Innovation revealed in the properties of semiconductors by a new method


A research team probing the properties of a semiconductor combined with a new thin oxide film has observed a surprising new source of conductivity from oxygen atoms trapped inside.

Scott Chambers, materials scientist at the Department of Energy’s Pacific Northwest National Laboratory, reported the team’s discovery at the American Physical Society’s Spring 2022 meeting.

This finding has broad implications for understanding the role of thin oxide films in the future design and fabrication of semiconductors. Specifically, semiconductors used in modern electronics come in two basic flavors – n-type and p-type – depending on the electronic impurity added during crystal growth. Modern electronic devices use both n- and p-type silicon materials. But there is continued interest in the development of other types of semiconductors. Chambers and his team were testing germanium in combination with a specialized thin film crystal of lanthanum-strontium-zirconium-titanium oxide (LSZTO).

“We report a powerful tool for probing the structure and function of semiconductors,” Chambers said. “Hard X-ray photoelectron spectroscopy revealed in this case that oxygen atoms, an impurity of germanium, dominate the properties of the material system when germanium is joined to a particular oxide material. It was a big surprise.

Using the Diamond light source on the Harwell Science and Innovation Campus in Oxfordshire, England, the research team found that they could learn much more about the electronic properties of the germanium/LSZTO system than they could. It was possible to use the usual methods.

“When we tried to probe the material with conventional techniques, the much higher conductivity of germanium essentially caused a short circuit,” Chambers said. “As a result, we were able to learn something about the electronic properties of Ge, which we already know a lot about, but nothing about the properties of the LSZTO film or the interface between the LSZTO film and germanium, which we suspected very interesting and possibly useful for technology.

The so-called “hard” X-rays produced by the Diamond Light Source could penetrate the material and generate information about what was happening at the atomic level.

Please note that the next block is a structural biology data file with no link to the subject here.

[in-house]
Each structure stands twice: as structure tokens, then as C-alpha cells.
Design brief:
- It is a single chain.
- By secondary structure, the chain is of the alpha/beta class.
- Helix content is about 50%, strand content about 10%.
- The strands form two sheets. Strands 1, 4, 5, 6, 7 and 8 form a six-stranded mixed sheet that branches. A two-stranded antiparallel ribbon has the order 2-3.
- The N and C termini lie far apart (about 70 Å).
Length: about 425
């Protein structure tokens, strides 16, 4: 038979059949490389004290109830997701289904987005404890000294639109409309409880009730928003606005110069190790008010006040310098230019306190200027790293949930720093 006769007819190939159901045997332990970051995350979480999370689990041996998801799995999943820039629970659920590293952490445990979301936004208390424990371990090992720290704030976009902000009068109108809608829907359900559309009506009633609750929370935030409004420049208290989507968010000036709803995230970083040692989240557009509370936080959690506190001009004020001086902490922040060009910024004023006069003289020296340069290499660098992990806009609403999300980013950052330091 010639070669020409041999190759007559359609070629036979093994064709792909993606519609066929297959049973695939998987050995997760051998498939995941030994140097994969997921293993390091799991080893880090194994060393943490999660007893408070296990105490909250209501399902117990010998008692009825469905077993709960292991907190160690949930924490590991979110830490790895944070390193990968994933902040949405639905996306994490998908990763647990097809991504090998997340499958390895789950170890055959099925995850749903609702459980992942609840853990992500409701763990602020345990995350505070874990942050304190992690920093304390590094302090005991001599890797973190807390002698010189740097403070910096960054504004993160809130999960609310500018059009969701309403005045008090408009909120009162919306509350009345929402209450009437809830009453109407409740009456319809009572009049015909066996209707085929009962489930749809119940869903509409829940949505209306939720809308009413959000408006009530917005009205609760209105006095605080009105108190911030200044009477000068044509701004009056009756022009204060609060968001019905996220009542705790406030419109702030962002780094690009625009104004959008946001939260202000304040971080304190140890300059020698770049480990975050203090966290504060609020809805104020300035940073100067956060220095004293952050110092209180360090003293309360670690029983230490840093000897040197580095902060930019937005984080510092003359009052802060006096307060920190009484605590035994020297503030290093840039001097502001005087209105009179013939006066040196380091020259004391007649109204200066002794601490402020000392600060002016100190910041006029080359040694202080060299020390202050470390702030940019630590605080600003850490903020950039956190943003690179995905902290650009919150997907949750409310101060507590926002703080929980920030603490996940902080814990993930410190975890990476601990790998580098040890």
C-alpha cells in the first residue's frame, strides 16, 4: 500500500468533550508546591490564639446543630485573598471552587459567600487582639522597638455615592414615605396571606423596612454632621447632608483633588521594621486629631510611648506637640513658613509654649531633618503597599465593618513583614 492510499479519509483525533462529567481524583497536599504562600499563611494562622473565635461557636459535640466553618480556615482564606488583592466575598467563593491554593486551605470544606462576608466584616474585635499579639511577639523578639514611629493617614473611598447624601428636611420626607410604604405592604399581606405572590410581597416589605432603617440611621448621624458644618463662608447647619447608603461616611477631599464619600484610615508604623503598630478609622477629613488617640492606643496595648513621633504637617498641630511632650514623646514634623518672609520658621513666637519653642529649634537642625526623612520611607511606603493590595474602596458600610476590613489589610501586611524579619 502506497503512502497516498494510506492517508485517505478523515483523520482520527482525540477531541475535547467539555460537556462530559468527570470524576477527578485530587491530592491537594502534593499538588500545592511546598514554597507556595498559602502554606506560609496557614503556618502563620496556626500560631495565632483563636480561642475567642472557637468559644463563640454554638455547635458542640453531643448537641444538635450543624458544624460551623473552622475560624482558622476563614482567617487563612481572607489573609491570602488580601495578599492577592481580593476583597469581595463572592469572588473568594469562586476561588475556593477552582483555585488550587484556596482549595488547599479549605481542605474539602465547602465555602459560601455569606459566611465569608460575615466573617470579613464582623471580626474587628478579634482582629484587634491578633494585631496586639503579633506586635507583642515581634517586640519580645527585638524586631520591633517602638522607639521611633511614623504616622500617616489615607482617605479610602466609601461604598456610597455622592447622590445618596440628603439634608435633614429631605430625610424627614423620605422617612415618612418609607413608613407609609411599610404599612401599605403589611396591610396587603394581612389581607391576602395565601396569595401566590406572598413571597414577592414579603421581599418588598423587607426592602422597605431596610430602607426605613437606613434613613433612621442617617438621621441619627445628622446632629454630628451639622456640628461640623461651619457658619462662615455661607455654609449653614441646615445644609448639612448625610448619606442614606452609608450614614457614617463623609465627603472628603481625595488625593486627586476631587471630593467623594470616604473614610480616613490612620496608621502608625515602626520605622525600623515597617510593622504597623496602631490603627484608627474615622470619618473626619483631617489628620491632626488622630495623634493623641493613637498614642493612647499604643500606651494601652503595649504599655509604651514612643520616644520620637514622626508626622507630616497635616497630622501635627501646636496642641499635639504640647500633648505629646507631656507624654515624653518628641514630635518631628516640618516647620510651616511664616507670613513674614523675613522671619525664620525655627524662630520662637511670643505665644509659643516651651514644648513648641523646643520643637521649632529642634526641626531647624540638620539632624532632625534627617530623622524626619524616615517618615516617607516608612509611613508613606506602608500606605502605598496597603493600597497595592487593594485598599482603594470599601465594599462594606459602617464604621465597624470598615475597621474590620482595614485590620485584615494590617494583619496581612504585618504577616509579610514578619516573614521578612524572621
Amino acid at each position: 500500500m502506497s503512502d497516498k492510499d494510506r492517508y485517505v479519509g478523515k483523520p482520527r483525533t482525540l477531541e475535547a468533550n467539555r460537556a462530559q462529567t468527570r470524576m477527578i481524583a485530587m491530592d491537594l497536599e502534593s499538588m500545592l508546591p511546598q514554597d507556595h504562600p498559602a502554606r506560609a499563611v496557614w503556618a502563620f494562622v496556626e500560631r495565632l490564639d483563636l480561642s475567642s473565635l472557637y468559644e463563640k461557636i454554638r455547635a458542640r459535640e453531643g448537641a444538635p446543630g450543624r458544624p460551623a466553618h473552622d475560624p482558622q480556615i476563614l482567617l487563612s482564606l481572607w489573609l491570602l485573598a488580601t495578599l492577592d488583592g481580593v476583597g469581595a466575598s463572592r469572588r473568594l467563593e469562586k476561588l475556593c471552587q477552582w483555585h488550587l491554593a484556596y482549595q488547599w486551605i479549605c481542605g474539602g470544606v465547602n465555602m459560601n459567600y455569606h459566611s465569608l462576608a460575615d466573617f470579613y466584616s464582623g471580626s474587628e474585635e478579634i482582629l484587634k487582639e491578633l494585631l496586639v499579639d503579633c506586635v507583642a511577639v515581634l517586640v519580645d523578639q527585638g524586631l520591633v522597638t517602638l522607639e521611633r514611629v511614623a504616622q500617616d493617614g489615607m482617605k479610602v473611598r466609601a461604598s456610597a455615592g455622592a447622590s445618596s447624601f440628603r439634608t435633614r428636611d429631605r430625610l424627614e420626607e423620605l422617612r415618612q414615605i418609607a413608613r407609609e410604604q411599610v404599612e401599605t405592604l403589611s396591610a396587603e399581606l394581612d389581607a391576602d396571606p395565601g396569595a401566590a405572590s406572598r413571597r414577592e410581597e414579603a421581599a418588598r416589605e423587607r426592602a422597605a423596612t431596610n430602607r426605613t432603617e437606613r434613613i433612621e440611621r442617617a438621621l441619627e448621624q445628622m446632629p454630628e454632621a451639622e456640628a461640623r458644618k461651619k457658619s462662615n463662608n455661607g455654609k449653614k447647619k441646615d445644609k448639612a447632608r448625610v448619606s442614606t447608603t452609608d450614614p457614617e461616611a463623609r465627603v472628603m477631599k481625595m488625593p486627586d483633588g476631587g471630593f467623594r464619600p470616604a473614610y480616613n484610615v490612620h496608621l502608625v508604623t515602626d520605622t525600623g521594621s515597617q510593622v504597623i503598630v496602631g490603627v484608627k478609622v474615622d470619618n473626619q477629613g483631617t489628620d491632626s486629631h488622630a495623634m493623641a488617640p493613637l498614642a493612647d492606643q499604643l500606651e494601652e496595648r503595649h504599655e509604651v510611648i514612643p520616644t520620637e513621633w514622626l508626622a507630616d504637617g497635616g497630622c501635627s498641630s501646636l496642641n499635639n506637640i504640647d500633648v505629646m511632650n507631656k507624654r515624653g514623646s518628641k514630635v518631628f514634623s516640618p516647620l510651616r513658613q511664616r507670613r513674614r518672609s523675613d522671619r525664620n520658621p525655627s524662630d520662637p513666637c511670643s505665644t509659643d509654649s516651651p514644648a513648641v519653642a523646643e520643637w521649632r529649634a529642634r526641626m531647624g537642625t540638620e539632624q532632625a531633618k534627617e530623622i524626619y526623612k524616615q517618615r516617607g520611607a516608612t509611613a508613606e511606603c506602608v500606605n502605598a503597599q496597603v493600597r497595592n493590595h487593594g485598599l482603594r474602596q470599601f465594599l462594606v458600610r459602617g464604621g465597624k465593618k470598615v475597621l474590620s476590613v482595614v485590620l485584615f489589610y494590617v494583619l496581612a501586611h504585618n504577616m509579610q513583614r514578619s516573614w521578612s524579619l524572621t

“Our results were best interpreted in terms of oxygen impurities in germanium being responsible for a very interesting effect,” Chambers said. “Oxygen atoms near the interface donate electrons to the LSZTO film, creating holes, or the absence of electrons, in the germanium in a few atomic layers of the interface. These specialized holes resulted in behavior that totally eclipsed the semiconductor properties of n- and p-type germanium in the various samples we prepared.This too was a big surprise.

The interface, where the thin-film oxide and the base semiconductor come together, is where interesting semiconductor properties often emerge. The challenge, according to Chambers, is to learn how to control the fascinating and potentially useful electric fields that form at these interfaces by altering the electric field at the surface. Ongoing experiments at PNNL are exploring this possibility.

While the samples used in this research likely don’t have the immediate potential for commercial use, the techniques and scientific discoveries made should pay longer-term dividends, Chambers said. New scientific knowledge will help materials scientists and physicists better understand how to design new semiconductor materials systems with useful properties.


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